Way back in the Cretaceous era, whenever I took a road trip, I would play a cassette or CD by an artist from the city I was visiting. It was an experiment to see if the songs would deepen my understanding of the place, and, vice versa, to see if the experience would enrich my understanding of the music. The latter proved especially true as I passed by local landmarks and played, say, the Texas Tornados in San Antonio, T-Bone Walker in Dallas, and Ray Sharpe in Fort Worth. Why would the exercise result in this resonance? I have no idea, but more prominent ears than my own have noticed the phenomenon, and I don’t make the rules.
Then came Spotify. I had been wanting to make playlists for our major cities for some time, but it wasn’t until recently—using the excuse of Texas Monthly’s Travel Guides—that I finally, and enthusiastically, went down time-consuming rabbit holes, calling up friends and asking for their expertise, working my way through the catalogs, and coming up with two- to seven-hour playlists for Austin, Big Bend, Dallas, Fort Worth, Houston, and San Antonio.
Many listeners will not care about methodology, and I don’t blame them. But for those who want to play the Texas Monthly city playlist game, consider the starting point: how do you define a song that belongs to a certain region? It’s trickier than it seems. My first inclination was to include only songs from artists who had lived in the city in question, but almost immediately I had to ignore that guideline, because I wanted to include Question Mark and the Mysterians’ “96 Tears,” which was put out on a San Antonio label and sure sounds San Antonio (that organ!), even if the band members left the state as little kids when their parents migrated to Michigan. Then there were musicians who moved around—what to do with them? And what about Texans whose work didn’t really reflect their hometowns? Do Van Cliburn and Betty Buckley really belong on a Fort Worth playlist? Do you want to hear a song from Cats on your road trip? You see what I mean. It gets weird.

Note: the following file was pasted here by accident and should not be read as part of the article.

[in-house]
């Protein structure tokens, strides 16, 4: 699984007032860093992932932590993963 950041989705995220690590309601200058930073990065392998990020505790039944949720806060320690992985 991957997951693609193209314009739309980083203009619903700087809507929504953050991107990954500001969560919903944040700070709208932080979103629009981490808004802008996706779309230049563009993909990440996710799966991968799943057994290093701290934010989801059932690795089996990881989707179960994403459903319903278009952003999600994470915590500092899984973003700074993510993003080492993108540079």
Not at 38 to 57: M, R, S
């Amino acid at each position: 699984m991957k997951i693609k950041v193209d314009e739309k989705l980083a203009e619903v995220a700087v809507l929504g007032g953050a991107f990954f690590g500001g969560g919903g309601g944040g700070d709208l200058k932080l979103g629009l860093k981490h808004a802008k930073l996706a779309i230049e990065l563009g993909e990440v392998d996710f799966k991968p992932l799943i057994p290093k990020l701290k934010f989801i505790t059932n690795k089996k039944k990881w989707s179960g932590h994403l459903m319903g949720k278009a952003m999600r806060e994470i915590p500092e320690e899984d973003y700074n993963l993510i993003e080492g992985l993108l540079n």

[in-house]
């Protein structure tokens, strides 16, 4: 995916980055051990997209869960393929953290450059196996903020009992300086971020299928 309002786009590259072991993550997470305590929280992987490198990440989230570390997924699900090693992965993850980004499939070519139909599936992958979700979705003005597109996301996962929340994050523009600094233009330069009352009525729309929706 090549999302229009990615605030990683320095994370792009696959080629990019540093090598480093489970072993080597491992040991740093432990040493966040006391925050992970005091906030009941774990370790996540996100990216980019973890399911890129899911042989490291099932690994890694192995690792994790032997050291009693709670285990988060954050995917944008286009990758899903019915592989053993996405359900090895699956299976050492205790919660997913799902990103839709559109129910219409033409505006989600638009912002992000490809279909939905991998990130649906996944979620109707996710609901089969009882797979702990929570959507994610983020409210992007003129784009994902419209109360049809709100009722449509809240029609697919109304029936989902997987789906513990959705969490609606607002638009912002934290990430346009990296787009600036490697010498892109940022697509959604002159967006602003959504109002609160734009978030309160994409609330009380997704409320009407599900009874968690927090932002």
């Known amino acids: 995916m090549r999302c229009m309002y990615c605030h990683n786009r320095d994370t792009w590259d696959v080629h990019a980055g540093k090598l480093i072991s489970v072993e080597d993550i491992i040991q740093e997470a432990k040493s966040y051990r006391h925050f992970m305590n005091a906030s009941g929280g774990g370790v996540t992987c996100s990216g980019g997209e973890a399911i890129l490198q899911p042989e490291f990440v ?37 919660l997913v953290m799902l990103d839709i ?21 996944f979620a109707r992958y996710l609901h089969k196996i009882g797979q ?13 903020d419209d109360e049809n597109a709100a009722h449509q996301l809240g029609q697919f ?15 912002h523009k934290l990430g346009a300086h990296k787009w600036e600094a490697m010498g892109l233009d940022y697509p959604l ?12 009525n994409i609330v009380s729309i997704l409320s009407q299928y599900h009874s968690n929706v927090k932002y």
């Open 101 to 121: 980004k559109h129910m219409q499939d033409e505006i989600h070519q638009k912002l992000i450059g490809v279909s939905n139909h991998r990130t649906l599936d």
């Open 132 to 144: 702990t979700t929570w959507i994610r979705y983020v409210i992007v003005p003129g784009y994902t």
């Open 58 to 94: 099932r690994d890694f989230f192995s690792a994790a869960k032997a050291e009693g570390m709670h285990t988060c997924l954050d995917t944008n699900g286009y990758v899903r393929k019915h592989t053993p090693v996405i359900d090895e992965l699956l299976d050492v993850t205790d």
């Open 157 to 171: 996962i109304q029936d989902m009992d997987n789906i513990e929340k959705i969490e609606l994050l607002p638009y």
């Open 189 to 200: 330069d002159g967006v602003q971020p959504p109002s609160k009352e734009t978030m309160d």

As I went on, I included a few tracks that were about a city, more than of a city, because in some cases that seemed fun; so yes, the Flatlanders’ “Dallas” made the cut. Because of the Big Bend area’s sparse population, a big chunk of songs on that playlist are sung by artists from other parts of the state, such as George Strait and Lyle Lovett, with titles like “West Texas Town” and “West Texas Highway.” I also included a few major tunes that were recorded in certain cities, because why wouldn’t you want every opportunity to hear Robert Johnson perform the songs he recorded in San Antonio and Dallas? These are milestone tracks, and ignoring them felt wrong.
What resulted are (duh) highly subjective playlists, selections I like plus stuff that seems important for the sake of the city’s mosaic, such as San Antonio native Christopher Cross’s tranquilized maritime hit inspired by Canyon Lake, “Sailing.” Now that I’m more or less finished and reflecting on the undertaking as a whole, a few things have struck me.
The first is how each city has contributed such rich and different genres: Fort Worth’s blues period, San Antonio’s Tex-Mex evolution, Austin’s seventies country and post-SXSW rock, Houston’s hip-hop. It’s one thing to read the history on paper, as I have many times; it’s another to spend a few hours listening to a single city’s creations and hear its artists take all the ingredients of that place and make something familiar yet new. Check out Kam Franklin and Azraq and Kareem Samara’s version of Lightnin’ Hopkins’s hit “Baby Please Don’t Go,” or Eve Monsees and the Exiles’ Austin blues song “Lonely Lonely Nights,” and you’ll see what I mean.
The second is that a lot of the songs on each playlist relate to one another, forming a kind of biography of a city’s recorded-sound history. This is quite a thing to consider, especially when genres in any Texas urban center are so varied. Take San Antonio: the way the accordion tracks its way through songs by Steve Jordan and the Jimenez brothers, and now through ones by the punk band Piñata Protest and the rapper Carlton Zeus. And there are tie-ins and collaborations all over the place: Beyoncé showing up on a Megan Thee Stallion track, Tobe Nwigwe shouting out to Beyoncé and Slim Thug, and André 3000—an Atlanta artist who (stay with me here!) had a child with Erykah Badu (on the Dallas playlist, of course, and with Robert Glasper on the Houston one)—appearing on the UGK track.
These are just snapshots from 2023 looking back. The compilations aren’t biblically thorough, but they should get the 66 percent of Texans who live in the Triangle from our driveways to any one of these destinations. If you’re driving east from El Paso, north from Brownsville, or south from Amarillo, you can always play them again. With time, inevitably, the playlists will grow, but if I made them much longer right now, you’d have to hear “Memory”—and everyone has a limit.